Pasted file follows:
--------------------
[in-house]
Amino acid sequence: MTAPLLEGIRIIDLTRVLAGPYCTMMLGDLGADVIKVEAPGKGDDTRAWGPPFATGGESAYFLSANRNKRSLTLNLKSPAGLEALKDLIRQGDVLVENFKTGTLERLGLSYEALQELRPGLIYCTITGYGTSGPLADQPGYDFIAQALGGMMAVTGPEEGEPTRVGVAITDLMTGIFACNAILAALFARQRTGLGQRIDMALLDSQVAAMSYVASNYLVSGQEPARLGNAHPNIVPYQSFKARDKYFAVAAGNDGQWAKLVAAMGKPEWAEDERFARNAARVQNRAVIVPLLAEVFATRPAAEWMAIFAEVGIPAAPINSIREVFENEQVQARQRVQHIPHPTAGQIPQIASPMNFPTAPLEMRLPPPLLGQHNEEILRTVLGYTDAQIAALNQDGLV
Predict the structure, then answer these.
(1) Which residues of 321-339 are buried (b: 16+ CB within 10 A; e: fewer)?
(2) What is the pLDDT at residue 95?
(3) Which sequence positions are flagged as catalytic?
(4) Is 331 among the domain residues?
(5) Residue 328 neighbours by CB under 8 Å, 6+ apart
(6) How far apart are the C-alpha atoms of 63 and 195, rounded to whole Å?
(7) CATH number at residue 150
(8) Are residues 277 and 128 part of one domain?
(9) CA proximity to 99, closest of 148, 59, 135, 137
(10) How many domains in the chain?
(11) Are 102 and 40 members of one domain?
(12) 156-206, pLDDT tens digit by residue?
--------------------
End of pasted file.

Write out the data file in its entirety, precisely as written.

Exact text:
[in-house]
Amino acid sequence: MTAPLLEGIRIIDLTRVLAGPYCTMMLGDLGADVIKVEAPGKGDDTRAWGPPFATGGESAYFLSANRNKRSLTLNLKSPAGLEALKDLIRQGDVLVENFKTGTLERLGLSYEALQELRPGLIYCTITGYGTSGPLADQPGYDFIAQALGGMMAVTGPEEGEPTRVGVAITDLMTGIFACNAILAALFARQRTGLGQRIDMALLDSQVAAMSYVASNYLVSGQEPARLGNAHPNIVPYQSFKARDKYFAVAAGNDGQWAKLVAAMGKPEWAEDERFARNAARVQNRAVIVPLLAEVFATRPAAEWMAIFAEVGIPAAPINSIREVFENEQVQARQRVQHIPHPTAGQIPQIASPMNFPTAPLEMRLPPPLLGQHNEEILRTVLGYTDAQIAALNQDGLV
Predict the structure, then answer these.
(1) Which residues of 321-339 are buried (b: 16+ CB within 10 A; e: fewer)?
(2) What is the pLDDT at residue 95?
(3) Which sequence positions are flagged as catalytic?
(4) Is 331 among the domain residues?
(5) Residue 328 neighbours by CB under 8 Å, 6+ apart
(6) How far apart are the C-alpha atoms of 63 and 195, rounded to whole Å?
(7) CATH number at residue 150
(8) Are residues 277 and 128 part of one domain?
(9) CA proximity to 99, closest of 148, 59, 135, 137
(10) How many domains in the chain?
(11) Are 102 and 40 members of one domain?
(12) 156-206, pLDDT tens digit by residue?